February 2 is one of the great cross-quarter days which make up the wheel of the year. It falls midway between the winter solstice and the spring equinox and in many traditions is considered the beginning of spring.
Awakening the Ground In Western Europe, this was the time for preparing the fields for the first planting. Even in Seattle, you can begin turning over and enriching the soil in anticipation of the first sowing in March. Pamela Berger has written a book, The Goodess Obscured: Transformation of the Grain Protectress from Goddess to Saint, about the rituals celebrated at this time of year, when the ground is first awakened and the seed placed in the belly of the earth. This is a significant moment in a community which depends on the earth for sustenance. The fields were purified and offerings were made to the goddess.
The main element of your decorating scheme for Candlemas is fairly obvious: candles. You can gather all the candles in your home in one room and light them from one central candle.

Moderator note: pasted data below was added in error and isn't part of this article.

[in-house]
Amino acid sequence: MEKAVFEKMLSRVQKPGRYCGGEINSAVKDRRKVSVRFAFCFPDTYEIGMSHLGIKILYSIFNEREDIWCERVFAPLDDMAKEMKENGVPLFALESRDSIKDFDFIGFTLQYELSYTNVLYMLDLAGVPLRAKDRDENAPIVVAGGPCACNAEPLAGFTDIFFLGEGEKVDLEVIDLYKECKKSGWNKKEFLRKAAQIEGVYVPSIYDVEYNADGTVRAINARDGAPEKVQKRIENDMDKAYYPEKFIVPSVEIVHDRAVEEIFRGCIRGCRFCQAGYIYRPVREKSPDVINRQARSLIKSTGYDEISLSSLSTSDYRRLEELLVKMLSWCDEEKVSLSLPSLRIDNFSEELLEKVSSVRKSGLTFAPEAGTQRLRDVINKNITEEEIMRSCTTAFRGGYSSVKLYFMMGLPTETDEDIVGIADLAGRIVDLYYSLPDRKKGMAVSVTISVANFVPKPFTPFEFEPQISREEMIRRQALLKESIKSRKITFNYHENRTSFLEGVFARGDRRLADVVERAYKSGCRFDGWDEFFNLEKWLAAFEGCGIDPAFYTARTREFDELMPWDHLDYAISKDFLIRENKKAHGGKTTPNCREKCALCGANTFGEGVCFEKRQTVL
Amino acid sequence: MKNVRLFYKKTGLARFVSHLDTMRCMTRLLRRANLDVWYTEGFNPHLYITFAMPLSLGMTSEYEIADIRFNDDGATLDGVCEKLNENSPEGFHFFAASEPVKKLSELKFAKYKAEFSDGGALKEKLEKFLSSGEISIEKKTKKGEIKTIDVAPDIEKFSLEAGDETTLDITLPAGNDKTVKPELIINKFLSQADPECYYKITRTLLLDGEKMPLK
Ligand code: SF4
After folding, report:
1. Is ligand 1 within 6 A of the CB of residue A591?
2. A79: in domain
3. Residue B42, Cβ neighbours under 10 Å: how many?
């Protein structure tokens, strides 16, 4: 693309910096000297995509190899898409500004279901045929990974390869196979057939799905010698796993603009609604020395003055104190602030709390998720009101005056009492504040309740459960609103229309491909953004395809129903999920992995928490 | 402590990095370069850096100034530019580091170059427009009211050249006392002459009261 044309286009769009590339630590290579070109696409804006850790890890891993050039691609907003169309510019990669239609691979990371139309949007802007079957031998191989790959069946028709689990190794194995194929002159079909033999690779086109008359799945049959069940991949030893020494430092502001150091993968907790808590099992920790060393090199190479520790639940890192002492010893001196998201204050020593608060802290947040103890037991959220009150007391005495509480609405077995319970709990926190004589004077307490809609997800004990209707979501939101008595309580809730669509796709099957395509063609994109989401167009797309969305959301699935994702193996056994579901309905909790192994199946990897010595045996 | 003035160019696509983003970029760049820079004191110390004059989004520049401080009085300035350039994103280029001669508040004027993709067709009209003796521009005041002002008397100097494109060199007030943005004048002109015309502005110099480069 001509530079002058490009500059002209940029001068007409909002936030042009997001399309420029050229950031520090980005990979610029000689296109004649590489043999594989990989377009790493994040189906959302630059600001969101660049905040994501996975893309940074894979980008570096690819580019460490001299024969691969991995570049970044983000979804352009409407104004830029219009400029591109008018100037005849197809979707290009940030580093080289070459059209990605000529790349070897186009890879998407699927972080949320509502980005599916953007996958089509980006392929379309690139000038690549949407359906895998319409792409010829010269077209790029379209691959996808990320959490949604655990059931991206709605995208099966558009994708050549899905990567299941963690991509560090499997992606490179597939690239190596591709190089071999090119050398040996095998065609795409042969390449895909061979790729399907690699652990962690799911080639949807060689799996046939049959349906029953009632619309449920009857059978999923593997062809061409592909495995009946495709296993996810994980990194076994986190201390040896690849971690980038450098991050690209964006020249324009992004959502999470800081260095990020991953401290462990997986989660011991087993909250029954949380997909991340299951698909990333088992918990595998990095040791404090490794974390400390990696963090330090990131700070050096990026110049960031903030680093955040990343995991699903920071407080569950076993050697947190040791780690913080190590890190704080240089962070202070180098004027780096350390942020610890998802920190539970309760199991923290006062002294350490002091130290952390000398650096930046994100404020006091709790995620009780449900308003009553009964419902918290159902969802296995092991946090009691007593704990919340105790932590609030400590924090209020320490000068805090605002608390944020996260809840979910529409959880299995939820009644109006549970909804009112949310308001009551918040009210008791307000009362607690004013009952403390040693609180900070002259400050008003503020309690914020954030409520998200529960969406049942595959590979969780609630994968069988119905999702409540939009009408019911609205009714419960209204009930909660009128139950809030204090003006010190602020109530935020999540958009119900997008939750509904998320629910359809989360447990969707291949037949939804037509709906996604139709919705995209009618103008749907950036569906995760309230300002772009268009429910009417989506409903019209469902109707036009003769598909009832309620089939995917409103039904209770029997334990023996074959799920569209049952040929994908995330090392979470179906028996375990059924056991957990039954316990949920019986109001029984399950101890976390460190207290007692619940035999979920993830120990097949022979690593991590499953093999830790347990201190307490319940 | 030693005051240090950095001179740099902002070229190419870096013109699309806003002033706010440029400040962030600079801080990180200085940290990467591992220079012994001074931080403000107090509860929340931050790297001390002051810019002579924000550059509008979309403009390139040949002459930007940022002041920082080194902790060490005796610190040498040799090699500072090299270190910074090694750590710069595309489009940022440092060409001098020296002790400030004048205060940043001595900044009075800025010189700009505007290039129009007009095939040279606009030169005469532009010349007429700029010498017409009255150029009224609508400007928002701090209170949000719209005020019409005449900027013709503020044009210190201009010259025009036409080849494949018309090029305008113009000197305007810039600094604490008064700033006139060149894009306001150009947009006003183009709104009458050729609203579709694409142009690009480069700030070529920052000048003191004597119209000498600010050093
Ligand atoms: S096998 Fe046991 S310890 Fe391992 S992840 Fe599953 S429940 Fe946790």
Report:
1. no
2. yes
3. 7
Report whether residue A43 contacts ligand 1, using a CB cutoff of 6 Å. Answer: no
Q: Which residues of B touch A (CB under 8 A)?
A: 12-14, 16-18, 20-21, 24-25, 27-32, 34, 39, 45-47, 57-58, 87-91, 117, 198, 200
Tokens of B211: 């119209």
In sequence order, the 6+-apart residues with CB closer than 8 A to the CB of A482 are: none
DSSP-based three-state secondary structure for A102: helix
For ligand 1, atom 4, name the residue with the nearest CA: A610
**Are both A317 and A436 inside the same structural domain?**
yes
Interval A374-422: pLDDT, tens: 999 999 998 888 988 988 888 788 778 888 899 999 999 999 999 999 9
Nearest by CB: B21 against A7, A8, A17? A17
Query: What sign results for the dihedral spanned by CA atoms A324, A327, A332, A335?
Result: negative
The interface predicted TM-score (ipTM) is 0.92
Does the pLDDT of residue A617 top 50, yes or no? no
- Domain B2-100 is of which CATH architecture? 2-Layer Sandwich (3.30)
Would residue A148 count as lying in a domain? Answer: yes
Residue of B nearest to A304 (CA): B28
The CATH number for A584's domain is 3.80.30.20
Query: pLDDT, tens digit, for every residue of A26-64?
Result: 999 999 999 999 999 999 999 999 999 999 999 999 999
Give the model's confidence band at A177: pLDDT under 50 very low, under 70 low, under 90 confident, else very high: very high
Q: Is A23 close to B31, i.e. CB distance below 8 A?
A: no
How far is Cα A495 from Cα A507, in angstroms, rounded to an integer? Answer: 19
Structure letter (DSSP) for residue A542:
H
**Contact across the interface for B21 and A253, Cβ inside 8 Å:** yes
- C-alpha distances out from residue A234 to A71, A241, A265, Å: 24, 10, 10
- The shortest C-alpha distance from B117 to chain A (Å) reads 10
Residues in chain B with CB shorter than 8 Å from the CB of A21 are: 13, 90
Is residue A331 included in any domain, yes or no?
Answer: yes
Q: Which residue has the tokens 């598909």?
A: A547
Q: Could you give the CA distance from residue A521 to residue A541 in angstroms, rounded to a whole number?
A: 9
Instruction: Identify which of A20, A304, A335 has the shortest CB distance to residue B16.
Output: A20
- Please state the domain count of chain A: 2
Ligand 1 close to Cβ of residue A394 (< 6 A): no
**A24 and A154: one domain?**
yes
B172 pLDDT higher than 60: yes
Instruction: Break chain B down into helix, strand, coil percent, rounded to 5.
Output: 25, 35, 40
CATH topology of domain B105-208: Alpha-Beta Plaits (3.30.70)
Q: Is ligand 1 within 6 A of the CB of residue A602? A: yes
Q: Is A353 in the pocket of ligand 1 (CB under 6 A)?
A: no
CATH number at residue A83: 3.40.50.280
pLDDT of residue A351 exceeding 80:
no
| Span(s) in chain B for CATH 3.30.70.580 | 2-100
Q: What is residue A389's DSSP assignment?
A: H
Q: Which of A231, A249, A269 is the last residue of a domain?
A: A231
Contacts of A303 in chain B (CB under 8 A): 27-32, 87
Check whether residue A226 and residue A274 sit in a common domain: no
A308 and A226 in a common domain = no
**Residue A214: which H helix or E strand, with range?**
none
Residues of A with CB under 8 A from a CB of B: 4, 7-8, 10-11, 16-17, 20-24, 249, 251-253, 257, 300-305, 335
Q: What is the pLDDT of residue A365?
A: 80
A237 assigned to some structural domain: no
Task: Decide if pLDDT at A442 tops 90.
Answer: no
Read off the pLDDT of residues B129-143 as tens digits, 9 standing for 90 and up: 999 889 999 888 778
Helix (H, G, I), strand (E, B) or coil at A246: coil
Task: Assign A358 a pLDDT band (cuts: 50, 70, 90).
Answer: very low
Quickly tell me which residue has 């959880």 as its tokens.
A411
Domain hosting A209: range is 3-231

If you have a fireplace, clean out your hearth and then light a new fire. Sit around the fire and reflect on your hopes for the coming year. What do you hope to accomplish? What are you passionate about? What seeds do you wish to plant? Discuss these ideas with others or write them down in a journal but make them concrete in some way so that on Lammas (August 2nd, the festival of the first harvest), you can look back to see what progress you’ve made.
Since Candlemas is often considered the beginning of spring, you can perform another ritual act of purification: spring cleaning. This would be a good time to do a thorough house cleaning, sweeping the floors with salt water, banishing the gloom of winter and creating a sparkling, shiny new setting for spring.